Tag Archives: low volatility

Passive Risk Management

In major cities at this time of year, an army of street vendors bristling with umbrellas await their chance to emerge in entrepreneurial fervour, providing tourists and commuters alike with immediate respite from unanticipated rain. It’s a viable business strategy: the chaotic nature of weather means that occasional rainfall remains practically impossible to predict*, hence Read more […]

Beta, Smart and Dumb

The idea of “smart beta” is gaining increased acceptance, although not without some controversy.  I have to confess that I really dislike the term “smart beta,” and not just because I didn’t invent it.  “Alternative beta” I can live with, or “factor” indices, or “strategy” indices — but “smart” beta leaves me cold. Which is Read more […]

That Was Easy

If every month were like July, equity investors would have an easy life.  The most striking thing about July’s U.S. equity market performance was how consistently good it turned out to be.  The S&P 500 was up +5.09%, with the Mid Cap 400 ahead of that pace (+6.20%) and the Small Cap 600 further ahead Read more […]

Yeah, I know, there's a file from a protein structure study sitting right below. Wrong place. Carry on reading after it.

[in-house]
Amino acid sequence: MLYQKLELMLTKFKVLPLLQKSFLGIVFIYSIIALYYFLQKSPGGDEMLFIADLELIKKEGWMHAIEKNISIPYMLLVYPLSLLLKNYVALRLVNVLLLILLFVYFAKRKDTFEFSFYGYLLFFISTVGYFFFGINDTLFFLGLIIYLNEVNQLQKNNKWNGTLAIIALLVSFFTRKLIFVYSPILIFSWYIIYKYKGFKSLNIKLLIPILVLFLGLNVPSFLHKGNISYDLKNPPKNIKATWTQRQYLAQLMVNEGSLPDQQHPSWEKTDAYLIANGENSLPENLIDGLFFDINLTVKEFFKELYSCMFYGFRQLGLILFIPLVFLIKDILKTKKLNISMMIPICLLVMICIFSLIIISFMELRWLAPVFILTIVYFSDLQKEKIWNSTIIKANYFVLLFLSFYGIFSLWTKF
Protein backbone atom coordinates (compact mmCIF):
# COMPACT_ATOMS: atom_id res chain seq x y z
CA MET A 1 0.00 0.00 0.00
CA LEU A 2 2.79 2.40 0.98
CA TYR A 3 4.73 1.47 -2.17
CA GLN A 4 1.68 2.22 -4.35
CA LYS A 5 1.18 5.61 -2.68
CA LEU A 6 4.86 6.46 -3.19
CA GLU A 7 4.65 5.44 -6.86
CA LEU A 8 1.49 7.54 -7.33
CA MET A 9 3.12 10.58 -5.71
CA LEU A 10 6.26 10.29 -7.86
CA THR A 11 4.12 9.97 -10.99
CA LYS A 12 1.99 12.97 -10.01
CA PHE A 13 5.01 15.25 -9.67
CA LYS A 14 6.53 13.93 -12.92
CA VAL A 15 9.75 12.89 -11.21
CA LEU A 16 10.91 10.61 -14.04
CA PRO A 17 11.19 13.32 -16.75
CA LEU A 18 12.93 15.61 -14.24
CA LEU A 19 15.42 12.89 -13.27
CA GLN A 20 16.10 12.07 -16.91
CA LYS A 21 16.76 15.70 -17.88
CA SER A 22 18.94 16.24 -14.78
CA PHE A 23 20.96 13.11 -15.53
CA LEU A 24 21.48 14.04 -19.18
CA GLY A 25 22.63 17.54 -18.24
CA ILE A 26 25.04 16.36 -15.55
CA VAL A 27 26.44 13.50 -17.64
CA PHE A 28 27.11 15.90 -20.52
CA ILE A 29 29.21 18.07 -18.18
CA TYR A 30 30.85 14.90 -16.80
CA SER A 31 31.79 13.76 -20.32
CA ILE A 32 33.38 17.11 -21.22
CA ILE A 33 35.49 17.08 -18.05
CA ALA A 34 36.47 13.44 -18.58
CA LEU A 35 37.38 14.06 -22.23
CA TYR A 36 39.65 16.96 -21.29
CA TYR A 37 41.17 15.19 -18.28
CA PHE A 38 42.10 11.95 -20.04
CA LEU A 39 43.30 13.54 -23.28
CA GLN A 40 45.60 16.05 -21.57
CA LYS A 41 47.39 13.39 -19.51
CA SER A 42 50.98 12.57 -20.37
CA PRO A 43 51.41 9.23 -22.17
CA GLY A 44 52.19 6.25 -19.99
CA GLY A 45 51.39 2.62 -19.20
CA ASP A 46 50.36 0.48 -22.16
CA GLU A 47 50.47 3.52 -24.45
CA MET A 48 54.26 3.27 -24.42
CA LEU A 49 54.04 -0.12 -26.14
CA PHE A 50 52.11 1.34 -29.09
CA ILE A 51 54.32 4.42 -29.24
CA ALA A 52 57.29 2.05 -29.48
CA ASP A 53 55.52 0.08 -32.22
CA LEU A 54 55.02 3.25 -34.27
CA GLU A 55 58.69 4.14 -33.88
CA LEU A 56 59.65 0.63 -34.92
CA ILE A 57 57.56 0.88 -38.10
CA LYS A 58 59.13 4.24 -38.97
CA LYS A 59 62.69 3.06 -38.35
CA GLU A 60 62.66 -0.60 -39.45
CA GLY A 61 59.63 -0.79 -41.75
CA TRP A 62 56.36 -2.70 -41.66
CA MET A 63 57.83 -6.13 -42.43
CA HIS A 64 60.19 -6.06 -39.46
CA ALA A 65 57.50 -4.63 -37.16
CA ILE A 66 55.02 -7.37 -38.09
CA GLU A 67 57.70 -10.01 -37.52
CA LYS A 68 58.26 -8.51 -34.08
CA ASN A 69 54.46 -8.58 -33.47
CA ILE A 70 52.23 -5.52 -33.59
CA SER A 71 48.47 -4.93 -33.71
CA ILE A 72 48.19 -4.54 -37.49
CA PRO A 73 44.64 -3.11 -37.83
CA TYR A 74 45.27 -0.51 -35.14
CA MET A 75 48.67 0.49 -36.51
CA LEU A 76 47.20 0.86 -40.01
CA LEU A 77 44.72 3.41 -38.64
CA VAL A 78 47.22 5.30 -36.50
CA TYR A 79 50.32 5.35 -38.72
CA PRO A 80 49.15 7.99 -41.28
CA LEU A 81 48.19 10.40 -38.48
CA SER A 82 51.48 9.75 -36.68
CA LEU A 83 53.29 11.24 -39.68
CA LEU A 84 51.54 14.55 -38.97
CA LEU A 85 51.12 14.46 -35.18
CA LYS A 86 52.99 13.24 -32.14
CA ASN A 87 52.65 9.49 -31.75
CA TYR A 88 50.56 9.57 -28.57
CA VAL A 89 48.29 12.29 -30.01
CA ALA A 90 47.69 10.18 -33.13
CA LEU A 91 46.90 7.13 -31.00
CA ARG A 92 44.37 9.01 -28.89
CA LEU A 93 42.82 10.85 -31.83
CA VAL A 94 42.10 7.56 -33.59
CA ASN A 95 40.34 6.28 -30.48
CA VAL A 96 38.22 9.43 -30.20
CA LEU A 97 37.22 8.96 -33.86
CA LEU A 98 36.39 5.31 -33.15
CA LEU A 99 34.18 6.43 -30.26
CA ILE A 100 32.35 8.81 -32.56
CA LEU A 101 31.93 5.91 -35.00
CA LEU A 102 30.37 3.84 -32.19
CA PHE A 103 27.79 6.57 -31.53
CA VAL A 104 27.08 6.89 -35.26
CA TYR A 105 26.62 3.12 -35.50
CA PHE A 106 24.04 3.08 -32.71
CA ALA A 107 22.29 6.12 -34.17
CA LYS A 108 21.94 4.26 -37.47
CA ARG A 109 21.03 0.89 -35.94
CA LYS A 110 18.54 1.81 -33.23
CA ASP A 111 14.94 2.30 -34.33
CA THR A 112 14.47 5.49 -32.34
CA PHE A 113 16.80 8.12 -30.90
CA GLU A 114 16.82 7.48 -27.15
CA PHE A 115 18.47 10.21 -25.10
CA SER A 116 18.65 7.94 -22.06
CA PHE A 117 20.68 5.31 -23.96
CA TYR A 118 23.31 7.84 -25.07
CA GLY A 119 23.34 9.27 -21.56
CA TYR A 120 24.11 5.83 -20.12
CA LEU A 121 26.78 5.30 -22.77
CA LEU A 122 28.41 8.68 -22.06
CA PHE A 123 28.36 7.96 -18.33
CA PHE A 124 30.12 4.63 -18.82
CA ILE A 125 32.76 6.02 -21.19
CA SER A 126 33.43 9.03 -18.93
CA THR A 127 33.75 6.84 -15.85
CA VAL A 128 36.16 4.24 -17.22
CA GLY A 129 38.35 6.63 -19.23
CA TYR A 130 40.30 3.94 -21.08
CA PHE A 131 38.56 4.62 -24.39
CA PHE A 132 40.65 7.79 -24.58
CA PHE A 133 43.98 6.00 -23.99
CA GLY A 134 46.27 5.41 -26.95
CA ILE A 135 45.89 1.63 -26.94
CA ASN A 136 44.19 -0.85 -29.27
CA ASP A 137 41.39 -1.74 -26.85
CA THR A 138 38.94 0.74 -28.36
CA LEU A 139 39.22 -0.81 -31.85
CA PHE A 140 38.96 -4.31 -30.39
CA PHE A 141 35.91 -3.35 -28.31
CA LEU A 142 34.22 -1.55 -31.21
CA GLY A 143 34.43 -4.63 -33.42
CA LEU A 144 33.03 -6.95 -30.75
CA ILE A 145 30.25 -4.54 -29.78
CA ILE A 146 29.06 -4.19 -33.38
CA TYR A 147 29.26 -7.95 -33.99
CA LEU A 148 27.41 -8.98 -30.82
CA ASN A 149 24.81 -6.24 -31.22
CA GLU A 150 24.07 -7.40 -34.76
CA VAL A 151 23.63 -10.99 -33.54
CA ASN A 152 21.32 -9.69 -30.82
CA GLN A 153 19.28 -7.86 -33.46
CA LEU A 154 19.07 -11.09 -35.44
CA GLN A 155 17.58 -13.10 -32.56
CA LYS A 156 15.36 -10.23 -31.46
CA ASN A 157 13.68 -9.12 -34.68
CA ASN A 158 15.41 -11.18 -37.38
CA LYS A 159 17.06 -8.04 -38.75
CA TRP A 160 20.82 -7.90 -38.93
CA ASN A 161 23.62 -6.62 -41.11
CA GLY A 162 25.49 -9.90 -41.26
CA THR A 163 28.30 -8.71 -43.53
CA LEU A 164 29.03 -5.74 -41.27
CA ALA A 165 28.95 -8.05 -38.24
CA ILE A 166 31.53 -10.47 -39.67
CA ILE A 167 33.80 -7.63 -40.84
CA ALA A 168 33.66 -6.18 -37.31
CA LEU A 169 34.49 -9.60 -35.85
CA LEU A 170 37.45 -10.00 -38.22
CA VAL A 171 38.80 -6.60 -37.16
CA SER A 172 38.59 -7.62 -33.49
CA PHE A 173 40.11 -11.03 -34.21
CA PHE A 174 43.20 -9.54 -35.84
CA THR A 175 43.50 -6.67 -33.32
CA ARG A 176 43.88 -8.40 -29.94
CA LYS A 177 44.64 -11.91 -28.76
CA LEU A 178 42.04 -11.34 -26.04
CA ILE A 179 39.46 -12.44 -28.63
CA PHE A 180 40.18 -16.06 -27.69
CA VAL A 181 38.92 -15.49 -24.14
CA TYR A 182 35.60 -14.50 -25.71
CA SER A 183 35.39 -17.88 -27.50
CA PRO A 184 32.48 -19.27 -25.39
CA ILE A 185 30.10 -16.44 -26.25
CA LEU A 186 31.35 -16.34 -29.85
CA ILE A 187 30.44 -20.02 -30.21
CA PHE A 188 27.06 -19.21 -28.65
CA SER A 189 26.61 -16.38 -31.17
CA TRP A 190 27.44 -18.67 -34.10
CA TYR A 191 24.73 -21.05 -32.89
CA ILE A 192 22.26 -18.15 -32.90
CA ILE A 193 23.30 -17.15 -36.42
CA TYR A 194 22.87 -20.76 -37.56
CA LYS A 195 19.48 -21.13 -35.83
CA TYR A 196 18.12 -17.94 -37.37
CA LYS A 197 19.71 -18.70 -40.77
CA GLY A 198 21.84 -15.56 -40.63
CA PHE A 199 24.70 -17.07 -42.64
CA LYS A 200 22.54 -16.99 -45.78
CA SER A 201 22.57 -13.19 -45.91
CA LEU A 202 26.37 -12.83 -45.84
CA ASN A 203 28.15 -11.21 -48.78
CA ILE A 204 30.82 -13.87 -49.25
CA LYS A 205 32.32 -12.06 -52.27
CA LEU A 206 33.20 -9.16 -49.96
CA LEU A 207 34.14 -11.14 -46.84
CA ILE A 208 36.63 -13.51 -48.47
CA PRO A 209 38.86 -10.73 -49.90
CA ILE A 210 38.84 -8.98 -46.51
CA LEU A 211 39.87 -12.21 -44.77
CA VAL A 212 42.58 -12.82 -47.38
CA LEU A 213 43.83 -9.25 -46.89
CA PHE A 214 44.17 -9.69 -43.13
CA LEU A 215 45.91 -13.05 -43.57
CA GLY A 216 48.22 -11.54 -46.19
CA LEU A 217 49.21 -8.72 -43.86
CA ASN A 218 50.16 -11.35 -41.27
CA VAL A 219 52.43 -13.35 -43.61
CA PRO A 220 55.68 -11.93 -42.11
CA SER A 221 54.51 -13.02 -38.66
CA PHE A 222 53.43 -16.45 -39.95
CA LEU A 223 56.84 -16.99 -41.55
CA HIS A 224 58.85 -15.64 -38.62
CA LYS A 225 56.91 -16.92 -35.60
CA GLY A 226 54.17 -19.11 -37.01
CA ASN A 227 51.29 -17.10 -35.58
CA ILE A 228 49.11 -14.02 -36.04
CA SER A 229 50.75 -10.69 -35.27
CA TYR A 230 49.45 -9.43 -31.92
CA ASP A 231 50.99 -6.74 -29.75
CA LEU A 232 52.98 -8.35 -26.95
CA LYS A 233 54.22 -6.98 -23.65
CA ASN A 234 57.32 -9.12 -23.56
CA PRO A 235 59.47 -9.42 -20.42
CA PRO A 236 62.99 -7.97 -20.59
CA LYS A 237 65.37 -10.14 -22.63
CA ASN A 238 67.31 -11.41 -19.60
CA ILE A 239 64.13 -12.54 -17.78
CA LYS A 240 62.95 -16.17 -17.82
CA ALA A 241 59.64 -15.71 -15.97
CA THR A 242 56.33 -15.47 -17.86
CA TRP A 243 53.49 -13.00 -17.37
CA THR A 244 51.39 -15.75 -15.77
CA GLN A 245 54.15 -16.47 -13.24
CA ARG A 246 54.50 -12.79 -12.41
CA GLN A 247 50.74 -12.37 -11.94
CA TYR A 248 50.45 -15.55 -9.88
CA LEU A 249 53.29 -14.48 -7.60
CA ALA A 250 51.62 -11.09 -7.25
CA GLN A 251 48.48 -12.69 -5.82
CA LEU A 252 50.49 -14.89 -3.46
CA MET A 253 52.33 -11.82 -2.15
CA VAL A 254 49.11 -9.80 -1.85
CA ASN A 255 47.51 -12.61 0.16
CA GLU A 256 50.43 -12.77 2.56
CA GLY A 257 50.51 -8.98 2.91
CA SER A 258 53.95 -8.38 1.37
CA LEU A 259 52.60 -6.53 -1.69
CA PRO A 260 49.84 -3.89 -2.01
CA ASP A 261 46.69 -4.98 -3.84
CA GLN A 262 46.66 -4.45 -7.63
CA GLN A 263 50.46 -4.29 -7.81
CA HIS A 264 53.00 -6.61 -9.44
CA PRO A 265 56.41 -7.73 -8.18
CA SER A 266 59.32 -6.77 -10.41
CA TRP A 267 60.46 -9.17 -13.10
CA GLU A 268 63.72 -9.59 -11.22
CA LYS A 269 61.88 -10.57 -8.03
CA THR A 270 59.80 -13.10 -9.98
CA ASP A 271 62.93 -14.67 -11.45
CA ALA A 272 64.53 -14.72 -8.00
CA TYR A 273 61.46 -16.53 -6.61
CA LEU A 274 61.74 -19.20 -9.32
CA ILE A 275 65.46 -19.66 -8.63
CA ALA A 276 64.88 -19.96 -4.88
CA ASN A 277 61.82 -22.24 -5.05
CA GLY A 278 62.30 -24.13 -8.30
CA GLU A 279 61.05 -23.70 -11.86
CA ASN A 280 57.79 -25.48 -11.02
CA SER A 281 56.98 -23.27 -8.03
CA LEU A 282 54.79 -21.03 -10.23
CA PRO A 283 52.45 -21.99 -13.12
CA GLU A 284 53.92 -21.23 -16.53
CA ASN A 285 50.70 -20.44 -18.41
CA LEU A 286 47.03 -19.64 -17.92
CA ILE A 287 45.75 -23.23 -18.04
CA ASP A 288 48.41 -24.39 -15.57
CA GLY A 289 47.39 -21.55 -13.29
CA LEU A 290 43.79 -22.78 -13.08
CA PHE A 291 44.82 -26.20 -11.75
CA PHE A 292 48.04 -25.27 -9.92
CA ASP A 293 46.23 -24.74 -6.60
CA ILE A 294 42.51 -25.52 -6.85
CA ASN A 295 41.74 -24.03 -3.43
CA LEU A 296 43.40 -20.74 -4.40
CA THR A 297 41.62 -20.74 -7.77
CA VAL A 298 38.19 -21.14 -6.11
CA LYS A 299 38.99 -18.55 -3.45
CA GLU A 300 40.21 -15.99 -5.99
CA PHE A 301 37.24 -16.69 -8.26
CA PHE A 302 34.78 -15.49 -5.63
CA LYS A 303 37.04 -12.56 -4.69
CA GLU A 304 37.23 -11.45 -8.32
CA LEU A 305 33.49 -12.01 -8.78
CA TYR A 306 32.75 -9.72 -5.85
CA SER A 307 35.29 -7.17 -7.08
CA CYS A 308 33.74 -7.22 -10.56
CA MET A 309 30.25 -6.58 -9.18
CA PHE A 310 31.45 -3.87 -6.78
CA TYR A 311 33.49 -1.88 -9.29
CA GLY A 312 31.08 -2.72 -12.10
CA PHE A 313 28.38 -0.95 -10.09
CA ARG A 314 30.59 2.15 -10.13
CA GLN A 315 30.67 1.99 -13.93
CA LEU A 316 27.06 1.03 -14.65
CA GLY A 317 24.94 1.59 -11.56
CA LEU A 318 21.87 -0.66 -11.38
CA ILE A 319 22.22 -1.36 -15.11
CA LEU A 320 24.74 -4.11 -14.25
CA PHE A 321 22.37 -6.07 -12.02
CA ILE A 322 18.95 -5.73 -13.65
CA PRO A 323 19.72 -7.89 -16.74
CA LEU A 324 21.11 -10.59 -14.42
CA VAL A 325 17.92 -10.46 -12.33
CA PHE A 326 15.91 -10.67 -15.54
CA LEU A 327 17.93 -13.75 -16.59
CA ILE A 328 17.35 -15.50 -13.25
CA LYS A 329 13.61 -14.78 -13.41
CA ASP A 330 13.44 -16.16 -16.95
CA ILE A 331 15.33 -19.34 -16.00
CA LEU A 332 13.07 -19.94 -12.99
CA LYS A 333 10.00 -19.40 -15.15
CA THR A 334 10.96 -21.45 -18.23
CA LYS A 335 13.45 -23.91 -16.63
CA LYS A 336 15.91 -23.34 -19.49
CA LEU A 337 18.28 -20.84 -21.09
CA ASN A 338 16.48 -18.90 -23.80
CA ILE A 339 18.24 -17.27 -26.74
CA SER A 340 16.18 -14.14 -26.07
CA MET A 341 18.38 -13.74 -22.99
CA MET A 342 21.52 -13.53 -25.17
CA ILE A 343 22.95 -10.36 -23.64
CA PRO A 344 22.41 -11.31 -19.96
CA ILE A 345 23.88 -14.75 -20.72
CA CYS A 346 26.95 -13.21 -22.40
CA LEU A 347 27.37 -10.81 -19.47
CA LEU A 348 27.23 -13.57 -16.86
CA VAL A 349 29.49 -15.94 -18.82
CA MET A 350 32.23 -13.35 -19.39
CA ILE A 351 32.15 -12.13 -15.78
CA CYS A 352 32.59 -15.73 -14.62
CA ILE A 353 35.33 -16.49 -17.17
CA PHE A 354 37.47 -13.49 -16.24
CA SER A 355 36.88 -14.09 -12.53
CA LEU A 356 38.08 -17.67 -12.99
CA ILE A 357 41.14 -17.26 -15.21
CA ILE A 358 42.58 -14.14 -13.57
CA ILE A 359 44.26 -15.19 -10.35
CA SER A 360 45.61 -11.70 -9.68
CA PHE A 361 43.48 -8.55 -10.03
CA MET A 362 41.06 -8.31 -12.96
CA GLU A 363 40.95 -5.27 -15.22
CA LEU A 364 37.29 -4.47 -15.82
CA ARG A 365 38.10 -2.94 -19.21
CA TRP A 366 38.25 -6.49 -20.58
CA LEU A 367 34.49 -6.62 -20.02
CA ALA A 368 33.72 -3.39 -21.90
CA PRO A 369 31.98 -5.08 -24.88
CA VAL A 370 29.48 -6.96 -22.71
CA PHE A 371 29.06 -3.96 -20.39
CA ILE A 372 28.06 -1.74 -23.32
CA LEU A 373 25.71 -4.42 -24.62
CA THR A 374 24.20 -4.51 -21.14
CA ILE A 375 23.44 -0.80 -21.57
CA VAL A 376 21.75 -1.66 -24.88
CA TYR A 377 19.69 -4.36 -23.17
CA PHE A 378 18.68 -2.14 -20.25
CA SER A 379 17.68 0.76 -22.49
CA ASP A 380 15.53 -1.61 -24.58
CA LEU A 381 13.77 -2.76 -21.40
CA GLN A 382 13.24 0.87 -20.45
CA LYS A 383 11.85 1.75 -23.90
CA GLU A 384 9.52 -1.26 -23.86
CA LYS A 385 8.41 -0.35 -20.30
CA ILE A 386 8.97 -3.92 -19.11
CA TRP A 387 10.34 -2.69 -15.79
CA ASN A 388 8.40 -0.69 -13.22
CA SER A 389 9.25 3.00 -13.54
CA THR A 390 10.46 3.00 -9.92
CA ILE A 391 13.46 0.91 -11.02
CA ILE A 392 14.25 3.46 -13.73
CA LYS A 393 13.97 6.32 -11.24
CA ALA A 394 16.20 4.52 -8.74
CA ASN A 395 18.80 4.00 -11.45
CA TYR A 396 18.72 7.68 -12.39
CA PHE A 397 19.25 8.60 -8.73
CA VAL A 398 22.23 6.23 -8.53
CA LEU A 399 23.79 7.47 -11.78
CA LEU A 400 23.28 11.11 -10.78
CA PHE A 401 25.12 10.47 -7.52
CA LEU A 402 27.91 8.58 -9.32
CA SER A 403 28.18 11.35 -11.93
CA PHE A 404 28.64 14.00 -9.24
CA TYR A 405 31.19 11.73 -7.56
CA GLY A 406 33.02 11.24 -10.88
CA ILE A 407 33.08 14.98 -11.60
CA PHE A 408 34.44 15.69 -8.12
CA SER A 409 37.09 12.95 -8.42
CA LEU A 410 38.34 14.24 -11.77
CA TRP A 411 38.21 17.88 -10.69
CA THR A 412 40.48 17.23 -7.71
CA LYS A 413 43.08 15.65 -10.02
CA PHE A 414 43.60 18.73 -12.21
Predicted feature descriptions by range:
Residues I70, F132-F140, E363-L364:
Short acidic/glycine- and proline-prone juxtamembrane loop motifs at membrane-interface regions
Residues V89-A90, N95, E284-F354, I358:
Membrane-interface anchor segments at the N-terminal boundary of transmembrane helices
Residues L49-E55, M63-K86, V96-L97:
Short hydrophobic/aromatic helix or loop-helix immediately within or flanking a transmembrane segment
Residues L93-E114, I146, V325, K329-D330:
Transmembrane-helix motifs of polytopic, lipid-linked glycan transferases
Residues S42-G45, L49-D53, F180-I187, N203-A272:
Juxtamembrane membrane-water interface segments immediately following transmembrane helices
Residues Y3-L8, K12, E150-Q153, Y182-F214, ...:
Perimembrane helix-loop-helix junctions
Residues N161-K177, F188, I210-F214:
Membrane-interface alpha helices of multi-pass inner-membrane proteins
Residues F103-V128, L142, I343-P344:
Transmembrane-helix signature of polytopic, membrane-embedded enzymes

Volatility: Love It or Leave It

Investors are rightly concerned about the future course of equity prices, especially in the context of the Federal Reserve’s bruited tapering of QE3, and it’s obviously true that equity market volatility has increased sharply since the beginning of May. Rising volatility typically means lower stock prices — the correlation of the S&P 500 and the Read more […]

Low Volatility: Success or Failure?

One of the consequences of May’s shift in leadership of the U.S. equity market from defensive to cyclical sectors has been the underperformance of most (if not all) low volatility strategies. Does this mean, as some commentators have suggested (e.g. see http://www.indexuniverse.com/hot-topics/18860-when-low-volatilitty-bites-back.html?showall=&fullart=1&start=4), that low volatility strategies “failed?” Making a judgment of success or failure, about Read more […]

Low Volatility: Active or Passive?

A recent posting suggested that institutional investors interested in exploiting the low volatility anomaly should do so by using active managers rather than one of the several passive vehicles available.  Far be it from me to criticize anyone for talking his own book, since I’m about to do it – but this is reminiscent of Read more […]